Having a para in your classroom can be a huge help. But what do you do with paras who are not doing their job?
Whether they are on their phones all day or just sitting and refusing to get up and help, dealing with a para who refuses to do their job can be frustrating and tiresome.
If you’re struggling with what to do, the five tips below might help!
When Paras Refuse to Work
As Special Education teachers, we know how to manage a lot of different needs and situations at one time. We are multi-tasking managers of our classrooms. However, the last thing we need is to have to manage our paras.
Here are some tips and tricks for when your para is not doing what he or she should be doing in the classroom.
Just like with students, documentation is key when you have paras who are not doing their jobs. Make note of the day, time, the tasks not being completed, how you addressed it, and the response that you got. The more documentation you have about the situation, the more able the administration is going to be to take action.
Similar to what we do with students who are displaying behaviors that we want to correct, redirect your para to the task at hand. Sometimes it’s a matter of not knowing exactly what to do that is keeping your para from doing the job you want her to do. Sometimes it’s a personal matter that she is having trouble leaving outside the classroom that has her on her phone. Gently redirecting her to the task that you want her to complete can help her get back on track.
Address It Head On
If your para is on her phone or just wants to sit and do nothing all day, do not be afraid to address it head-on. Remind her that phones need to be away in the classroom unless they are part of a lesson and that her help is needed.
It can be intimidating to address another adult’s behavior in your classroom, but remember you are doing it because you have your students’ best interests at heart. Be sure to document each time you address it with her.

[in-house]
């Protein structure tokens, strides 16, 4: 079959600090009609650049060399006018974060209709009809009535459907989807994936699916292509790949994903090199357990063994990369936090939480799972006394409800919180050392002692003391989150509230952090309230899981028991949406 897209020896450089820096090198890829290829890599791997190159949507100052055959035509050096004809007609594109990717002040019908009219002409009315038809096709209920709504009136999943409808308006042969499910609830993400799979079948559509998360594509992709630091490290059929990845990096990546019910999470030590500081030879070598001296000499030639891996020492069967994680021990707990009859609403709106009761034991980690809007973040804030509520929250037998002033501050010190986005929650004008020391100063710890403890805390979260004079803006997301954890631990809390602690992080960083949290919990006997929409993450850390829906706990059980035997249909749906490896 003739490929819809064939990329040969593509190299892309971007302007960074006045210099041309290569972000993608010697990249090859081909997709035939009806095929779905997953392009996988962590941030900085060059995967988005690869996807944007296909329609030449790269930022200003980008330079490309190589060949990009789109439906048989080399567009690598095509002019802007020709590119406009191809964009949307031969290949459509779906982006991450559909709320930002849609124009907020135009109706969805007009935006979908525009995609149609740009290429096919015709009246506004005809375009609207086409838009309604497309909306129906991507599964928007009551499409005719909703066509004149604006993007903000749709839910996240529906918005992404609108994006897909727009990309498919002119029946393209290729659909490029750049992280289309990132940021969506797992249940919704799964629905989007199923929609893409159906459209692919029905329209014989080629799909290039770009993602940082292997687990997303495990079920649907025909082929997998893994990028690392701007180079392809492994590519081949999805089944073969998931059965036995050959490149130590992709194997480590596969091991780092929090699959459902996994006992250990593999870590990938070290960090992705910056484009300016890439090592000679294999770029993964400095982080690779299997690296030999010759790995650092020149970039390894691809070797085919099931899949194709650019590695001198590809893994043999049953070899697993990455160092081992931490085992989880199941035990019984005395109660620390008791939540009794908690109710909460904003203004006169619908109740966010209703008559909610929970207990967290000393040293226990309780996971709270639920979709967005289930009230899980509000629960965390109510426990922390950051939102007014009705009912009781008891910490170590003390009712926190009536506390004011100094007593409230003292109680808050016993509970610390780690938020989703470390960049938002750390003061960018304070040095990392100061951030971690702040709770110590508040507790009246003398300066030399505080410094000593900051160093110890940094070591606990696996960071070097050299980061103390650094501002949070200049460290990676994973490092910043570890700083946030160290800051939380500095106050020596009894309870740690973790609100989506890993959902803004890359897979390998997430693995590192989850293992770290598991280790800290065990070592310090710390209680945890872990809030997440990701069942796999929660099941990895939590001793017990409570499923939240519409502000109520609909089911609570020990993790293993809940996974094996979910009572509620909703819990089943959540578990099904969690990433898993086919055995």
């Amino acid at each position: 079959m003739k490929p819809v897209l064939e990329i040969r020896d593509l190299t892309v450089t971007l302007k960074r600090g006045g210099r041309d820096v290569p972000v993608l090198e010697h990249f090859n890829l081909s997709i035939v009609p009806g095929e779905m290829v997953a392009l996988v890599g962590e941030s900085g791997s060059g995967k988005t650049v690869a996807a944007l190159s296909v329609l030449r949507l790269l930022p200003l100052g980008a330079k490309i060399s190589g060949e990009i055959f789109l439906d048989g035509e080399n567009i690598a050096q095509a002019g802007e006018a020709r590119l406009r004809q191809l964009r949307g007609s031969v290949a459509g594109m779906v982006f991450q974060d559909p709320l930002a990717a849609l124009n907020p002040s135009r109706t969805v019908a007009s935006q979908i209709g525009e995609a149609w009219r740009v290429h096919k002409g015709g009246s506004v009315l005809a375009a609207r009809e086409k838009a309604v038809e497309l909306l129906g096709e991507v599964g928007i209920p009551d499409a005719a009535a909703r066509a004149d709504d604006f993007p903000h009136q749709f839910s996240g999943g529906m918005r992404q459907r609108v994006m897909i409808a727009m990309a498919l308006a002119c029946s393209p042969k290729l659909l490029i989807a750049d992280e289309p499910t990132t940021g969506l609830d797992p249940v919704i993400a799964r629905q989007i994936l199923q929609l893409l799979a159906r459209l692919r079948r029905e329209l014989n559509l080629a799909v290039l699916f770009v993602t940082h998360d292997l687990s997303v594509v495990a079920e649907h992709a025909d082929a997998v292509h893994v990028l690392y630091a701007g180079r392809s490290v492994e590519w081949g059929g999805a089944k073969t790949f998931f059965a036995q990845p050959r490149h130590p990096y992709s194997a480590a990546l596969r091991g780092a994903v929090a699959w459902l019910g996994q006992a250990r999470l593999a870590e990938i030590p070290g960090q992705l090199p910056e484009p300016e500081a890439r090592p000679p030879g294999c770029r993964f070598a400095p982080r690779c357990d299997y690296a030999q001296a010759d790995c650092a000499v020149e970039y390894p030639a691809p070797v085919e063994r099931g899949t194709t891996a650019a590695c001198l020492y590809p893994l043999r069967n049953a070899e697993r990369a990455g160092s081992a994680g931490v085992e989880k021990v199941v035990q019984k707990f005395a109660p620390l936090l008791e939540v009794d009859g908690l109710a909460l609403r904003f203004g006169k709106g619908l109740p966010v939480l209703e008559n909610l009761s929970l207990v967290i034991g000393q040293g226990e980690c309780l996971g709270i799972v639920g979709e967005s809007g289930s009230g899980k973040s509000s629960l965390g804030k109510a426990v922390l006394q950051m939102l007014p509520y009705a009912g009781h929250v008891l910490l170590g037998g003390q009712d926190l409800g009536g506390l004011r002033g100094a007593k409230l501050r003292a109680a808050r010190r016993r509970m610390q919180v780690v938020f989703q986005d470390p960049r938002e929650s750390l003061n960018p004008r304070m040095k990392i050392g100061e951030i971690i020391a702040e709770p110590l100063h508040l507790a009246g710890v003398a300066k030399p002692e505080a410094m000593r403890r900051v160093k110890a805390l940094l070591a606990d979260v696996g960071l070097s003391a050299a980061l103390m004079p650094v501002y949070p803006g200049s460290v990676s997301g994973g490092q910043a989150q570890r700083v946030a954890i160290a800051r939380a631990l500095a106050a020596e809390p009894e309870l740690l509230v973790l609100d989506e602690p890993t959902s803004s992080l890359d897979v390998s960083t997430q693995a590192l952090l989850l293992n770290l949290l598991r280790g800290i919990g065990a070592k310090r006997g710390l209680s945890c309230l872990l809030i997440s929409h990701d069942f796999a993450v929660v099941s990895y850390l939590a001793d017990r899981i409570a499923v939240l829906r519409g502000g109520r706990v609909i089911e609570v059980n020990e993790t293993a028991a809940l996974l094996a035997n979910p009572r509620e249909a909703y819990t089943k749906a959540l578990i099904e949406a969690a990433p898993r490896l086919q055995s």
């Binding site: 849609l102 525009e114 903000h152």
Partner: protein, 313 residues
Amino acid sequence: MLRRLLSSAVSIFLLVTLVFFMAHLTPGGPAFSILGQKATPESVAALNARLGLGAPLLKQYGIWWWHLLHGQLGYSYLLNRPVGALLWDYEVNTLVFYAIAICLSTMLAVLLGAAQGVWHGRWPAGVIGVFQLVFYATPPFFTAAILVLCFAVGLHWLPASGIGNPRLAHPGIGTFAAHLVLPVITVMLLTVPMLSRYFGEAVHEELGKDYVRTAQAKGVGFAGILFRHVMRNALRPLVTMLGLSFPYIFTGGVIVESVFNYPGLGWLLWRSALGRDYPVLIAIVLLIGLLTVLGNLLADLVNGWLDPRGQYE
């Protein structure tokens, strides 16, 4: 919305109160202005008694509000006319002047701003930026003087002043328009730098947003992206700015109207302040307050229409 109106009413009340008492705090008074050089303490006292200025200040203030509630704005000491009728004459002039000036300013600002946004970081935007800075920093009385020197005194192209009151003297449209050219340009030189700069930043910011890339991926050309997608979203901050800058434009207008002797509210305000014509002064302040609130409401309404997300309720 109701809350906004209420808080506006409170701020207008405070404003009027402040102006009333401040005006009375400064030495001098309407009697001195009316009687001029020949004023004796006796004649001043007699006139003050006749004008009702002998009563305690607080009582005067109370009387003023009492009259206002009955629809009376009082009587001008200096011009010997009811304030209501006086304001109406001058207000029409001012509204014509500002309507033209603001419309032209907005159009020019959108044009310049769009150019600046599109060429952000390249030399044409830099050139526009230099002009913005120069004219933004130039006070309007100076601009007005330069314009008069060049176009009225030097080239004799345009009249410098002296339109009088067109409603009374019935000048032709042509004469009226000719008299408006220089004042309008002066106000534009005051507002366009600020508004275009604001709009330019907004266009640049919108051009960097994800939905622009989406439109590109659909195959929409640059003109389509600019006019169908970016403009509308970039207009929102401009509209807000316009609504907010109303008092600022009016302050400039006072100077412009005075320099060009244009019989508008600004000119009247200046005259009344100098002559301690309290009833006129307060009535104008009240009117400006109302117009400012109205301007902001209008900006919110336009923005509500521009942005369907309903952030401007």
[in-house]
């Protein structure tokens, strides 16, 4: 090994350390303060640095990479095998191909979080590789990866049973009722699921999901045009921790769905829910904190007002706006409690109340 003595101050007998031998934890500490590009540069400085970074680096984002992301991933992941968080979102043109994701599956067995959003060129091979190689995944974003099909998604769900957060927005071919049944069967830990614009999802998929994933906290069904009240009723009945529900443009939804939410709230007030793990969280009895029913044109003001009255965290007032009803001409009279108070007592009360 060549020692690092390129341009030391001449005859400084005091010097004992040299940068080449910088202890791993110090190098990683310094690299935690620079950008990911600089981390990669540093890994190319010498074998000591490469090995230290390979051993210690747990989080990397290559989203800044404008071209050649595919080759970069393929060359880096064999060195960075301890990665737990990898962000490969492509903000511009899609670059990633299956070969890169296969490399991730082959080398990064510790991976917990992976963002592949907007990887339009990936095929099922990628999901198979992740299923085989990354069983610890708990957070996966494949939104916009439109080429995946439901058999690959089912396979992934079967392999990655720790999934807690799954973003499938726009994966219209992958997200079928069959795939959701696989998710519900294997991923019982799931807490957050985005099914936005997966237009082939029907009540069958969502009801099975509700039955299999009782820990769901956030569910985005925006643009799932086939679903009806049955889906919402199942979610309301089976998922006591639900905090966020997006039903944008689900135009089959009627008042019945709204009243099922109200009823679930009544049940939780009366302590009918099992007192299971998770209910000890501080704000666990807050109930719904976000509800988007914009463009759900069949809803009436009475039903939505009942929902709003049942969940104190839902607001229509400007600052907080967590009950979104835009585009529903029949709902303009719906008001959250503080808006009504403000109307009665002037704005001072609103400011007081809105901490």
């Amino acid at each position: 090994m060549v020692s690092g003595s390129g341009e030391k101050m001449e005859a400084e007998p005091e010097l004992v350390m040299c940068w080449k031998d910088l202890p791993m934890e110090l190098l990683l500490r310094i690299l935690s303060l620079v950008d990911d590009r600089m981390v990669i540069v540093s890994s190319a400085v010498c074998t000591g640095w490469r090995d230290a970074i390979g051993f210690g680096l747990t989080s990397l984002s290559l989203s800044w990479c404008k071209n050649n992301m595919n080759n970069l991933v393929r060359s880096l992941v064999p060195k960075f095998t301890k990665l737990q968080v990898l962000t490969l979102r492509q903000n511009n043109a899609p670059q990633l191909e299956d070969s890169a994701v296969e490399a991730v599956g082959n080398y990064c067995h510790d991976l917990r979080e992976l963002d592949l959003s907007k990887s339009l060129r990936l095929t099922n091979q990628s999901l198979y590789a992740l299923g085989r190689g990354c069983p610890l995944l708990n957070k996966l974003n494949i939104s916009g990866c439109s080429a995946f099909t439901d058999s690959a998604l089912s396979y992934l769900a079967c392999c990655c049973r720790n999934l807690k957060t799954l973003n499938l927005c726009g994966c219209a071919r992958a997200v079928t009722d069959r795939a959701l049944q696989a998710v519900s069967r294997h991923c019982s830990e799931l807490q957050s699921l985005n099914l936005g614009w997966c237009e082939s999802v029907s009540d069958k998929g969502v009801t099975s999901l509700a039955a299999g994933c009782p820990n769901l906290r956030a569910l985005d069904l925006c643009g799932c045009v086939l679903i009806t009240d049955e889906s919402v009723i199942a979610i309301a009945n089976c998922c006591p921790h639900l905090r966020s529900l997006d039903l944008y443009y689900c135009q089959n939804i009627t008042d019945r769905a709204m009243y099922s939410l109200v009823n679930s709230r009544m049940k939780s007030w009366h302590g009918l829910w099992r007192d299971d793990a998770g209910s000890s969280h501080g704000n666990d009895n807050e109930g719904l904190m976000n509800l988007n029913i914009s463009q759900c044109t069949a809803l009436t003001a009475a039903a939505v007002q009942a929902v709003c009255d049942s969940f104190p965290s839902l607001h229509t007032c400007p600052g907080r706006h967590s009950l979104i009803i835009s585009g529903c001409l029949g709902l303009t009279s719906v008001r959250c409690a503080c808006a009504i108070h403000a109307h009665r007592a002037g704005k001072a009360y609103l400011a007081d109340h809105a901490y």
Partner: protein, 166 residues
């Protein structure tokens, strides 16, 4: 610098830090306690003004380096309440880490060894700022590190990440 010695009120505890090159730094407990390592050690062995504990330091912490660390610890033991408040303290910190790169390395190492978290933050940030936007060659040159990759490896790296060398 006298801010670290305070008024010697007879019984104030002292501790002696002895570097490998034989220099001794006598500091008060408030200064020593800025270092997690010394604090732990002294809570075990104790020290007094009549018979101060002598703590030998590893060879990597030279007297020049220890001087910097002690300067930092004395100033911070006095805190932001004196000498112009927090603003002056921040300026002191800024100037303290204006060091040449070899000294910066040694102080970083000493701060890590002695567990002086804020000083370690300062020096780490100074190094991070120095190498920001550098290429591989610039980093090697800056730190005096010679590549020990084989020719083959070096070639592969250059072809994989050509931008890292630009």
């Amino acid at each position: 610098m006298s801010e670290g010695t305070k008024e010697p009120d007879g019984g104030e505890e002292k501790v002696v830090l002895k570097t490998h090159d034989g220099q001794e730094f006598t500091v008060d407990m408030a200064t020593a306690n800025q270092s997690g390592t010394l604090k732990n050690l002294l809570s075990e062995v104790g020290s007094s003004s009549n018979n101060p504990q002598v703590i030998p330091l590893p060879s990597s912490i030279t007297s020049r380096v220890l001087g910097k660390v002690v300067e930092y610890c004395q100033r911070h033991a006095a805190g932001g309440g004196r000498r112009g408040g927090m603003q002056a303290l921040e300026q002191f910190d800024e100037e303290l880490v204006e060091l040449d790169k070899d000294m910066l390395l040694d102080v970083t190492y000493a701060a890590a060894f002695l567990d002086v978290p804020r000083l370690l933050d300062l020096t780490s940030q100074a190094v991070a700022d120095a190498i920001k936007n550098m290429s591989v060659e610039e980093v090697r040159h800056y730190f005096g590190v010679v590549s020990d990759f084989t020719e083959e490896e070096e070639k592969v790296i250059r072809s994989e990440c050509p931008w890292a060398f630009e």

Give Specific Tasks
Sometimes, for new paras, a general “help around the classroom” or “work with student xyz” is too broad. They might not have the background in education to be able to understand what exactly it is that you are asking them to do.
Instead of general, broad tasks, give very specific tasks so that they know exactly what is expected of them. “Review the multiplication flashcards with student xyz three times and jot down his level of accuracy by making a tally note on a sticky note for each one he gets incorrect” is a much more specific task that is hard to ignore.
Some teachers even make responsibility or to-do charts for each class period for each para. This gives them specific tasks that they’re responsible for and eliminates confusion about what needs to get done.
Create a specific binder for your para that outlines all of the information he or she needs to be successful in their job. This editable template makes it easy!
Go to an Admin
If all else fails and your para is still not doing her job and helping around the classroom, go to an administrator with the documentation that you have been keeping. Once you have tried everything in your power to address the situation and get your para to work, it becomes something that is out of your hands and needs to be dealt with by an admin.
Request Training for Paras
If you know that paras in your district consistently need training and support, request that the district provide it for your paras before the school year starts. Not only is it helpful for the paras and you, but it’s a good investment for the school district because it’s setting their support staff up to be successful in the classroom.
Should you have to do any of the things above to get paras to do their jobs? Of course not. As adults, they should be doing what they are being paid to do. But when the situation arises, it is always good to have a few para management tricks up your sleeve – just in case!
What do you do when paras are not pulling their weight in the classroom? Share your tips with us!